Some of you may recall that several weeks ago I wrote about the increasing severity of the illness of our little rat terrier Mosby. Well, it got to the point that we had to have him put down.
That’s always a terribly difficult decision. You’re often not sure if it’s really time, that he doesn’t have a few more good days, weeks or months.
But Mo, as we often affectionately called him, lost his appetite and began to eat just a few bites from his meals, meals that he gladly devoured in the past.. He was losing weight badly and we were afraid he would starve himself to death. But, despite a severe cough, he still enjoyed life as well as he was able.
Until the day that he threw up most of his midday meal. We knew then that the time had come. If he couldn’t keep food on his stomach, there was no hope.
So, in preparation, I hired a couple of young men to dig a grave for him in our backyard and a couple of days later we took him to the vet to be euthanized. You know what bothered me a lot? It was the fact that the poor little dog had no idea that his hours were numbered, that the only existence he had known and could conceive of was about to end.
Of course his last seconds were peaceful and quiet. He literally went to sleep painlessly from the overdose of anesthetic that caused his little heart to cease beating. The doctor checked him and rechecked him to make sure the medicine had worked. And indeed it had.
Mary and I shed tears (as we had been doing for a couple of days) for the little friend that loved and trusted us so much. Then we wrapped him up in a large pillowcase and brought him home. We placed his little bed at the bottom of the grave and gently lowered him in. And covered him with the earth to which his little bones will return.
I’d like to say that I described his loss on Facebook and we received a wonderful outpouring of sympathy and support from family and friends.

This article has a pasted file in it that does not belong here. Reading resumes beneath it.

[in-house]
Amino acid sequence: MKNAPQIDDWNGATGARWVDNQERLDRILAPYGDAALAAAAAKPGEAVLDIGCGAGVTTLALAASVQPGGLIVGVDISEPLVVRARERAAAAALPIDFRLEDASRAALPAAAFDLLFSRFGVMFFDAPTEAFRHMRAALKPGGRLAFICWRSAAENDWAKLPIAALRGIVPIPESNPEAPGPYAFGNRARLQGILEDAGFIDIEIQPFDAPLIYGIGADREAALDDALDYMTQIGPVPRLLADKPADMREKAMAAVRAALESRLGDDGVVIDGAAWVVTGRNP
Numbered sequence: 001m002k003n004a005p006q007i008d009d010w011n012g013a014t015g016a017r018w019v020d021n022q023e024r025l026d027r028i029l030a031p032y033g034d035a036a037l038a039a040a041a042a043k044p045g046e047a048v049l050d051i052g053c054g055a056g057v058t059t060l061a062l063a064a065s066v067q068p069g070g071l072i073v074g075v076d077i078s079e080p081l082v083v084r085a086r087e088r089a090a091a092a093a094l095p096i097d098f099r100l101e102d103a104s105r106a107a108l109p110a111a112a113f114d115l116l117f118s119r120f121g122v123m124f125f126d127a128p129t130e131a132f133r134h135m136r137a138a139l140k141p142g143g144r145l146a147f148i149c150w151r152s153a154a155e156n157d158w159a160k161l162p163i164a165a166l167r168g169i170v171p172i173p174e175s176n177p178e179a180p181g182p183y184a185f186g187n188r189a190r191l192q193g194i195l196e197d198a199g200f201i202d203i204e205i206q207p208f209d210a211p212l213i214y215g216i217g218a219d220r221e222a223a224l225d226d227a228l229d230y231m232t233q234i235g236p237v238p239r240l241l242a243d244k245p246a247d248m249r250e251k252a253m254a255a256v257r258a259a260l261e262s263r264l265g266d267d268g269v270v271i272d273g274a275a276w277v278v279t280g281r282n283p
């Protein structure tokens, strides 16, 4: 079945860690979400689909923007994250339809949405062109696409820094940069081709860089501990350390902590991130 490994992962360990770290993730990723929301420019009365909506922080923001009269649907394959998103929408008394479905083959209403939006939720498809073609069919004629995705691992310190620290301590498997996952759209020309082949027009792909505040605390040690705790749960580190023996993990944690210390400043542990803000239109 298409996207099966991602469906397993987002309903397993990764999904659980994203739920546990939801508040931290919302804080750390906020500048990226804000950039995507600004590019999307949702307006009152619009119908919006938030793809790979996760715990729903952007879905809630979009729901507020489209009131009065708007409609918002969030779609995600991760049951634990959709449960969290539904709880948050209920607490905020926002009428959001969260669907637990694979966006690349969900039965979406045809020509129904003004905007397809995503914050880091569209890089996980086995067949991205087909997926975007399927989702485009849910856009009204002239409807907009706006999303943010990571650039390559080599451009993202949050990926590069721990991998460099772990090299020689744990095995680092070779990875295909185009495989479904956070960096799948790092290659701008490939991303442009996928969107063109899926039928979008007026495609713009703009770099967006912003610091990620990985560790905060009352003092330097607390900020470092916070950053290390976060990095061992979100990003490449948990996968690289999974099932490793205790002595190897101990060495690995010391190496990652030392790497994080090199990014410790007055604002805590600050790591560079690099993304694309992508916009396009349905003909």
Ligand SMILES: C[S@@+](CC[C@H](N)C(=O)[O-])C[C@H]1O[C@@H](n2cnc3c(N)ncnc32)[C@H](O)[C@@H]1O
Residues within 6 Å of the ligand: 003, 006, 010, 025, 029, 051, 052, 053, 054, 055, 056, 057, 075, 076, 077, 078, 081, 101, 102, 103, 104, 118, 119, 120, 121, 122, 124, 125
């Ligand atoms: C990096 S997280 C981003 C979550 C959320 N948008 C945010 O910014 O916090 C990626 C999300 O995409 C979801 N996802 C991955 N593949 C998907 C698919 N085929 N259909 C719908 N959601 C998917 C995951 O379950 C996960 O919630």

His loss leaves us with two dogs, Kate, a 15-year-old spaniel-chow mix, and Bea, a beagle/basset of about 8 years old. We’ve pretty much agreed that, at our age, we will acquire no more dogs. Losing them is just too hard. Mosby is now the third dog to lie buried in our yard. When Kate and Bea go, there shall be no more.
And Mary and I are not the only ones in our household who are grieving. Kate, who treated Mosby like her son, is still sad (six days after his passing as this is written) and looks about the house for him and then looks at us as if to say, “Where’s my boy?”
I expect she will forget him with time, something Mary and I are not likely to do.
I want to relate a story that could have been tragic, but one at which Mary and I can look back and chuckle about. After the grave was dug, with Mosby’s euthanasia scheduled for the next day, we noticed Kate had been outside for a very long time. We went into the back yard and didn’t see her. When we called out, her head popped up over near the fence. She had fallen into the open grave an looked just like a little soldier in a foxhole.
She couldn’t get out on her own so we helped her up and she trotted off wagging her tail. She wasn’t at all hurt, so we could look back on the incident with humor because she looked so cute with her head just above the rim of the hole The grim part, however, is that sometime in the future, Kate will occupy her own permanent place in our yard. Like I said, it’s just so hard losing them.
But I’ll end this column on the upbeat. Perhaps you’ve heard of the Rainbow Bridge. The story goes that when pets die they go to Heaven and cross over the Rainbow Bridge to play and experience joy, waiting for their owners to join them at some future time. When they see their owners coming, a wonderful reunion is held — human and dog reunited for ever. And I’m counting on that I can tell you.